I don’t know what the Navy’s punishment system is like, but I hope he gets the worst possible. I hope they investigate his past history in the military, too. If he’s bold enough to outright threaten female recruits, under his own name, on public, Navy-run social media, I seriously doubt he hasn’t harassed and threatened female sailors. He may even have raped them.

Especially given the military’s problem with letting men get away with harassment and rape, they need to severely punish him.

burnsomesoulcoal: On abusive guys: I'm confused. Of course it’s not the victim’s fault. But I’m still not understanding why it’s hard not to detect abusive guys upon first meeting them. Fedora/”friendzone!”/nice guys are easy enough for anyone to detect. Abusive guys, on the other hand, aren’t? I find it hard to believe that abusive guys’ signs are 100% stealth, all the time, and that there’s NO indicator that they’re abusive before they start personally being abusive to the person they’re dating.

misandry-mermaid:

oizyswoe:

misandry-mermaid:

The cycle of abuse makes it really easy for abusers to find partners, since the cycle includes a “honeymoon” phase, in which the perpetrator makes everything seem not just fine, but actually ideal and fantastic.  So the people who they start dating are only seeing this one positive side to them before the cycle kicks into gear.  The relationships virtually always start in “honeymoon phase” with, at the most, maybe a couple hints of something being off, but it’s not enough to set off any red flags or overshadow the otherwise positive attention/affection they are receiving.  I hope that helps you understand.

Read Why does he do that? By Lundy Bancroft. It literally explains everything.

Abusers are very good at manipulating. Something this explains well.

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Thank you all for adding these comments.

Remember that intimate conversation you had with your son? The one where you said, “I love you and I need you to know that no matter how a woman dresses or acts, it is not an invitation to cat call, taunt, harass or assault her”?

Or when you told your son, “A woman’s virginity isn’t a prize and sleeping with a woman doesn’t earn you a point”?

How about the heart-to-heart where you lovingly conferred the legal knowledge that “a woman doesn’t have to be fighting you and you don’t have to be pinning her down for it to be RAPE. Intoxication means she can’t legally consent, NOT that she’s an easy score.”

Or maybe you recall sharing my personal favorite, “Your sexual experiences don’t dictate your worth just like a woman’s sexual experiences don’t dictate hers.”

Last but not least, do you remember calling your son out when you discovered he was using the word “slut” liberally? Or when you overheard him talking about some girl from school as if she were more of a conquest than a person?

I want you to consider these conversations and then ask yourself why you don’t remember them. The likely reason is because you didn’t have them. In fact, most parents haven’t had them.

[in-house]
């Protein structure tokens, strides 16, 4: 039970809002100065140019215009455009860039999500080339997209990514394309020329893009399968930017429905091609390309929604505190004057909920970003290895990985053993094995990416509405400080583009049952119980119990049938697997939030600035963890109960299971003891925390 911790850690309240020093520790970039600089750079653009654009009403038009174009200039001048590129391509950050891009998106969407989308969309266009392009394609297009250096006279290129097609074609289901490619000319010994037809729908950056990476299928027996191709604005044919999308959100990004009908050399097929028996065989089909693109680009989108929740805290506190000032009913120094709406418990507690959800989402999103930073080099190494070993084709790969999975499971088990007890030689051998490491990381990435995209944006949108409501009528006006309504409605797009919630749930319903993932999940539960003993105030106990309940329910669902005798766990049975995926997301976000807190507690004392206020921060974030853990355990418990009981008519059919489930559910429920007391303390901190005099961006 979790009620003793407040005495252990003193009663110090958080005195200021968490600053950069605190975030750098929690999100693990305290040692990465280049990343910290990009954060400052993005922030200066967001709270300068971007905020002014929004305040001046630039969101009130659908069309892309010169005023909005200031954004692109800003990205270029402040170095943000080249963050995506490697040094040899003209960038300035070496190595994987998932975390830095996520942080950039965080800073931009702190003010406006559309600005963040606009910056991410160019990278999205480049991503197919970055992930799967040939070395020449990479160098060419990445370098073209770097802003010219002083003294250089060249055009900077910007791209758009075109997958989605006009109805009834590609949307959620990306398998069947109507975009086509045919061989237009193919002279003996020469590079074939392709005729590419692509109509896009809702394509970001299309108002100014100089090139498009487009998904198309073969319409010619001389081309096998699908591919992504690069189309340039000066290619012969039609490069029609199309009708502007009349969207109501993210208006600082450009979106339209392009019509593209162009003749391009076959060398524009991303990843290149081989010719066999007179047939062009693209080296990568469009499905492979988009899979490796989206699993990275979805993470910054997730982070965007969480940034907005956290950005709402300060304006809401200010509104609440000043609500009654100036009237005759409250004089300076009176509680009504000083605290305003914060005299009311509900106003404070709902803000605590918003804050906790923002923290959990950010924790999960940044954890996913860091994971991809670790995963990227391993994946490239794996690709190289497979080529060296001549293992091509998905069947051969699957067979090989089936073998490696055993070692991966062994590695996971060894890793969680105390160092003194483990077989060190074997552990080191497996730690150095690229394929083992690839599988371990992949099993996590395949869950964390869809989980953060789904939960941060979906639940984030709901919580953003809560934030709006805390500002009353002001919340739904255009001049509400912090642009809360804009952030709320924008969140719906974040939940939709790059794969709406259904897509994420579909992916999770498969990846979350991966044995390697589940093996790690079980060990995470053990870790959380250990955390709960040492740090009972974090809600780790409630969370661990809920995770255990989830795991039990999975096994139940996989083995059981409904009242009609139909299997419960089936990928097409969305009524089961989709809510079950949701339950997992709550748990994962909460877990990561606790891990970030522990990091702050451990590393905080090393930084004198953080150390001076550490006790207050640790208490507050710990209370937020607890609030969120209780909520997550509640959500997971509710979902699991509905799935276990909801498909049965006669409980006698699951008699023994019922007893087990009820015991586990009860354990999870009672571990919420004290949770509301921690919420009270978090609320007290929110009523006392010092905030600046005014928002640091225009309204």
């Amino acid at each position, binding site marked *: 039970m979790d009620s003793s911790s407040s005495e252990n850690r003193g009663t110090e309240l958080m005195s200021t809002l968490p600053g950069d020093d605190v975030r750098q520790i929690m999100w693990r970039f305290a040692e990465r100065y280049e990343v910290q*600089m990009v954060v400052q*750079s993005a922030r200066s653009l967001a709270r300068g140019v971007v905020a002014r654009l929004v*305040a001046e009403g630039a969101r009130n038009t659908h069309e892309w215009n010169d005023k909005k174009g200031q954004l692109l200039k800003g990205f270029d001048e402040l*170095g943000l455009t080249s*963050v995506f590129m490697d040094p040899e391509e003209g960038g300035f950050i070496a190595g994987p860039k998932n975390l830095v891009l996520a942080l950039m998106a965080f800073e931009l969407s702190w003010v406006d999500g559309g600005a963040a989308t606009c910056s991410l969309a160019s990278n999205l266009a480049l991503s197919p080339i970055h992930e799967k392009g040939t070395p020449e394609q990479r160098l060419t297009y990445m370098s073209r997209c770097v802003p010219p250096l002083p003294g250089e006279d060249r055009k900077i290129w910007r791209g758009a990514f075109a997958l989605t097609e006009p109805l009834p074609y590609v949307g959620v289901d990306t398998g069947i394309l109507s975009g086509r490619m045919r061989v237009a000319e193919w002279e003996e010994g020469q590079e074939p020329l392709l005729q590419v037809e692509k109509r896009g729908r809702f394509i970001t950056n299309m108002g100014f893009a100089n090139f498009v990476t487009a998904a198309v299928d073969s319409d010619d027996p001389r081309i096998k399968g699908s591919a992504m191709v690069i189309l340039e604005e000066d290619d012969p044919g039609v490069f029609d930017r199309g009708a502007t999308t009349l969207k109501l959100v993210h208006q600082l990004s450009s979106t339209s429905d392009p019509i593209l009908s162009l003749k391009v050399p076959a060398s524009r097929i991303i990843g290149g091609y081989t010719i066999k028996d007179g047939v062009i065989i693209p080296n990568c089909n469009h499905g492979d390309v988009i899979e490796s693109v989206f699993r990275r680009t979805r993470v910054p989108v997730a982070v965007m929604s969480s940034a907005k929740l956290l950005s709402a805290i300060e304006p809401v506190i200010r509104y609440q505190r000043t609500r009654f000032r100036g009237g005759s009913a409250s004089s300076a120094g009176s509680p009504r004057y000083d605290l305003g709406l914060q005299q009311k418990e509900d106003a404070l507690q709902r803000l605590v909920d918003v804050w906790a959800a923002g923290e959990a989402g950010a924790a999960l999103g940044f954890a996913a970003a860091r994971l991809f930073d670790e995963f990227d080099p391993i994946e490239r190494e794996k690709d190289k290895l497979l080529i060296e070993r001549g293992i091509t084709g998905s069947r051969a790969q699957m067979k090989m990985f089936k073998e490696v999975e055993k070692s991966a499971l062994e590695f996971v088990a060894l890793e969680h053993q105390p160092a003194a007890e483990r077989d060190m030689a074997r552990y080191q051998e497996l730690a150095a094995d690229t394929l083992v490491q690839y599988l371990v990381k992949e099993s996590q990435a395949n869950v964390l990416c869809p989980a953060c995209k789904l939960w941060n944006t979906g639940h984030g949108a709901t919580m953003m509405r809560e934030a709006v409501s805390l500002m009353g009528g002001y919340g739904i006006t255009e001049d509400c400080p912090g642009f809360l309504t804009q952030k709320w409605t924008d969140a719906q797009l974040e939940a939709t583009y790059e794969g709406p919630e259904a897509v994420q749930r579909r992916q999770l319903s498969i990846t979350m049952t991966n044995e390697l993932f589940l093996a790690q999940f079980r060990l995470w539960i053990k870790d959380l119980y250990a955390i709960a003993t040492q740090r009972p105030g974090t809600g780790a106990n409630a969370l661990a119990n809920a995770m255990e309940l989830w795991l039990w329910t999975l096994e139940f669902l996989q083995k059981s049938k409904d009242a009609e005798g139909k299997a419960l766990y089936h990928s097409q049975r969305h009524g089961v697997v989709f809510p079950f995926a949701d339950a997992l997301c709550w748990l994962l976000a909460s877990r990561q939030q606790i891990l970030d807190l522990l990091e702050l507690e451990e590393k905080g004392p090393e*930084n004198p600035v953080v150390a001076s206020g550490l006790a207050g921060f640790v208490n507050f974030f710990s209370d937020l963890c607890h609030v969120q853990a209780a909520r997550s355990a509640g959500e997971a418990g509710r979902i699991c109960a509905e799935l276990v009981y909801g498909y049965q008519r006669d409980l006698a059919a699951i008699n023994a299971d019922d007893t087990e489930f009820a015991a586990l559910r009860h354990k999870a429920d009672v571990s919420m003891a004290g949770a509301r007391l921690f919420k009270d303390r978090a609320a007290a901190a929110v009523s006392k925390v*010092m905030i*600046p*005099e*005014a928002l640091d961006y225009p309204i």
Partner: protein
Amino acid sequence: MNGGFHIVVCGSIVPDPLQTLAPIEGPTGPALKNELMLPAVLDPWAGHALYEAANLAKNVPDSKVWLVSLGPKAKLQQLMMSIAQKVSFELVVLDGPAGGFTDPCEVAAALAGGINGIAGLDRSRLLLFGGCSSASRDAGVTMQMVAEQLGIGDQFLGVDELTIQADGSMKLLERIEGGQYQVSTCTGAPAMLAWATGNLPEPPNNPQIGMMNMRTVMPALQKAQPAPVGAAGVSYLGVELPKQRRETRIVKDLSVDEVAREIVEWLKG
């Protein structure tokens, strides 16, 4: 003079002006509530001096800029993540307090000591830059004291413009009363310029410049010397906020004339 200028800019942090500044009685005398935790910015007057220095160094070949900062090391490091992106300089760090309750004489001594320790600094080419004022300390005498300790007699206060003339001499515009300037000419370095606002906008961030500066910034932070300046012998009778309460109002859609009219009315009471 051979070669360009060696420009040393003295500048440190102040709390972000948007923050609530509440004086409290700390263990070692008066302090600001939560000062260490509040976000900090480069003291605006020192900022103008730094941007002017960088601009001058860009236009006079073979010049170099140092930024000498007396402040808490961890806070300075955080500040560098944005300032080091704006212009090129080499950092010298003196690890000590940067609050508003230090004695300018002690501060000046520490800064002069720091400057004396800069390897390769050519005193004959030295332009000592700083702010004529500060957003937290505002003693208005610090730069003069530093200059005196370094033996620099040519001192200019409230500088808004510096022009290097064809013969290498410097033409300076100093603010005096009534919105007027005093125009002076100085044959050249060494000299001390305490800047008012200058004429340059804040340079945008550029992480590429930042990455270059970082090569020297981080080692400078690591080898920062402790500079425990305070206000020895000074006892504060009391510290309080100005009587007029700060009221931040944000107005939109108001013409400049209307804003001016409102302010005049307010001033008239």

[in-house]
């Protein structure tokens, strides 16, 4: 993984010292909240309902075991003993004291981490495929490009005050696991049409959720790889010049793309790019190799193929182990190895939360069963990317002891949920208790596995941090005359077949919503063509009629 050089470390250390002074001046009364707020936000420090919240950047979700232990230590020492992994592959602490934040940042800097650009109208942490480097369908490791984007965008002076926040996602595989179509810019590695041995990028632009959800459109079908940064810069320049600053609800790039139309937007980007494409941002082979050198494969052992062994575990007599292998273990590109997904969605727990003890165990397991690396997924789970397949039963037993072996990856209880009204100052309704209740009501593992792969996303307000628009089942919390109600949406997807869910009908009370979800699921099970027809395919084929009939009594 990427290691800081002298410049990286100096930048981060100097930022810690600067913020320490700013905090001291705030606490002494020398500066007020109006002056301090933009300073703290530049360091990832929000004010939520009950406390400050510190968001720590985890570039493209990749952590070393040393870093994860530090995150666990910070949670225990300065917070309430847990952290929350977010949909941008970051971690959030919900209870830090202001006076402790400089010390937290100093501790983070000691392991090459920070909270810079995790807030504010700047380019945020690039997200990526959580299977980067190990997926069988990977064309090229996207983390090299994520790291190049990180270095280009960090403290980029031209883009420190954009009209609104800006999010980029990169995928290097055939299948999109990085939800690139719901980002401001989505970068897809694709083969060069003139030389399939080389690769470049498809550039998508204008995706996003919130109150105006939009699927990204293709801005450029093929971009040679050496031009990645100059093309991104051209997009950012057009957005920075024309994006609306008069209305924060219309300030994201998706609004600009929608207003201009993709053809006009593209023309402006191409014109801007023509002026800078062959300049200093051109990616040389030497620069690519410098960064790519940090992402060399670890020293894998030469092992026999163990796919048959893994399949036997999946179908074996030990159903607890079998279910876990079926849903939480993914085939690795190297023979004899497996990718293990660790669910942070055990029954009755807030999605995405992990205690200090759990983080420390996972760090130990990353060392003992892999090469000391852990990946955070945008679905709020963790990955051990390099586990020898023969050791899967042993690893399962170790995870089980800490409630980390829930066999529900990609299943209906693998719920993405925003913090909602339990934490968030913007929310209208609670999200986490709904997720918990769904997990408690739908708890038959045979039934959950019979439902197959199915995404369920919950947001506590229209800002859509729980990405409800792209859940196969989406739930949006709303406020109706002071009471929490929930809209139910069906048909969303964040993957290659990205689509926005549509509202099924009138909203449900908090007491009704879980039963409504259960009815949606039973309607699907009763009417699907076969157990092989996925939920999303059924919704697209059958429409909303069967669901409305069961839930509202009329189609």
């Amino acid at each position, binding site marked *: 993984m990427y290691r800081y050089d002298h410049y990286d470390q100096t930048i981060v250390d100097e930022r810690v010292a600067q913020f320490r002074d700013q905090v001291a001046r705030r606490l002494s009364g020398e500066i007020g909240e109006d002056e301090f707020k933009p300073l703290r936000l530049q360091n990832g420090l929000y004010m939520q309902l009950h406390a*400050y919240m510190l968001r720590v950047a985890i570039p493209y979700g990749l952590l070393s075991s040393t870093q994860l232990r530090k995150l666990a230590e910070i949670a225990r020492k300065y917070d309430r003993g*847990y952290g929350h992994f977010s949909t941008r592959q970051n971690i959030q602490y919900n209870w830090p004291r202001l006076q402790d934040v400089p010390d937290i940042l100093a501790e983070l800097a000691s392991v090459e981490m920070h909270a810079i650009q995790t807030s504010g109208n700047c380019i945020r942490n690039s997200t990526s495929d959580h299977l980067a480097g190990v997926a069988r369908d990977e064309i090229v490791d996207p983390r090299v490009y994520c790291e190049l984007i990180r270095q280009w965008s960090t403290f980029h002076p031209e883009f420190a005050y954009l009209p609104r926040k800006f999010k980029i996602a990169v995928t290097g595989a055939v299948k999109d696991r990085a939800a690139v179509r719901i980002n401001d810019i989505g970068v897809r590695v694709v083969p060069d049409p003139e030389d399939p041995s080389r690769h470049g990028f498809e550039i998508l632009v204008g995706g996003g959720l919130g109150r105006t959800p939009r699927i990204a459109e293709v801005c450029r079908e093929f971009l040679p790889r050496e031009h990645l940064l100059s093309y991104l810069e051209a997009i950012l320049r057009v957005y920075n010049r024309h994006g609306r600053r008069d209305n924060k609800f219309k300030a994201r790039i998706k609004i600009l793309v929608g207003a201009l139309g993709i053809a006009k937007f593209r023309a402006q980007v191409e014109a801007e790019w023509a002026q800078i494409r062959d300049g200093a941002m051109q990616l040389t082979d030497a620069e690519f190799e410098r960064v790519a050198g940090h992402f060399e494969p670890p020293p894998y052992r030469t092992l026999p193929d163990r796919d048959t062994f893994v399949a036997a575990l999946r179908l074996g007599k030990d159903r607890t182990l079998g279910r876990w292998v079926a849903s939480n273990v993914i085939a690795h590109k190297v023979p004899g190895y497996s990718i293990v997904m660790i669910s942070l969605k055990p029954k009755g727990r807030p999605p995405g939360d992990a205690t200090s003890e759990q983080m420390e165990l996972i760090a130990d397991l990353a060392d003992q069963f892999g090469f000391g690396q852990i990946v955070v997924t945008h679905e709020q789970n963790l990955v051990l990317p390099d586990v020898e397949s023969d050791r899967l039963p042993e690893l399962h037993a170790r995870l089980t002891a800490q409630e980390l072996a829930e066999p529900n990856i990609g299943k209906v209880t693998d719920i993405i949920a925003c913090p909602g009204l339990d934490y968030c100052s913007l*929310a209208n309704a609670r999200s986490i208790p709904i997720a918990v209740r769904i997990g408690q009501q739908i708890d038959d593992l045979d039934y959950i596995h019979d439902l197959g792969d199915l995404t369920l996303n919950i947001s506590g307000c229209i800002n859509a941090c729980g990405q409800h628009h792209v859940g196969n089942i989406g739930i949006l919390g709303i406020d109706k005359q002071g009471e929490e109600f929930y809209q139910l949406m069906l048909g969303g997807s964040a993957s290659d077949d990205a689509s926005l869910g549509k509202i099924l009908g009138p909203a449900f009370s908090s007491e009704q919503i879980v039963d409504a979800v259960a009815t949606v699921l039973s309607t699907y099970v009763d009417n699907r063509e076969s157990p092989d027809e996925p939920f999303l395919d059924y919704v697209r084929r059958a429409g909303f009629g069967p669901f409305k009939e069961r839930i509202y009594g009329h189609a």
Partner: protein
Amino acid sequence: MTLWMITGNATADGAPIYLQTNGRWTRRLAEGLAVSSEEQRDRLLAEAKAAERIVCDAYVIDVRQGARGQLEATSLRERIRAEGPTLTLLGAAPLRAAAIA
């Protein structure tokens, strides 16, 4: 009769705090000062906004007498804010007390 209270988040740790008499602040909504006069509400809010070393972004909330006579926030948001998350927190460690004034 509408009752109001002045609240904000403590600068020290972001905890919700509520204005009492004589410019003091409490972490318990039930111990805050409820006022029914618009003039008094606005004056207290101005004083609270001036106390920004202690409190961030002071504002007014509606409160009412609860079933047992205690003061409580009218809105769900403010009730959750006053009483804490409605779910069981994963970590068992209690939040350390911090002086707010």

The Conversation You Must Have With Your Sons | Carina Kolodny  (via albinwonderland)

(Source: iamnotafeministtbh)

loveisrespect:

What is Sexual Coercion?
If someone makes you feel obligated or forced to do something you don’t want to, you may be experiencing coercion. By definition, sexual coercion is “the act of using pressure, alcohol or drugs, or force to have sexual contact with someone against his or her will” and includes “persistent attempts to have sexual contact with someone who has already refused.”
Think of sexual coercion as a spectrum or a range. It can vary from someone verbally egging you on to someone actually forcing you to have contact with them. It can be verbal and emotional, in the form of statements that make you feel pressure, guilt or shame. You can also be made to feel forced through more subtle actions. For example, your partner might:
Make you feel like you owe them — for example, because you’re in a relationship, because you’ve had sex before, because they spent money on you or bought you a gift, because you go home with them
Give you compliments that sound extreme or insincere as an attempt to get you to agree to something
Badger you, yell at you, or hold you down
Give you drugs and alcohol to loosen up your inhibitions
Play on the fact that you’re in a relationship, saying things such as: “Sex is the way to prove your love for me” or “If I don’t get sex from you I’ll get it somewhere else”
React negatively (with sadness, anger or resentment) if you say no or don’t immediately agree to something
Continue to pressure you after you say no
Make you feel threatened or afraid of what might happen if you say no
Try to normalize their sexual expectations — for example, “I need it, I’m a guy.”
In a relationship where sexual coercion is occurring, there is a lack of consent, and the coercive partner doesn’t respect the boundaries or wishes of the other.

loveisrespect:

What is Sexual Coercion?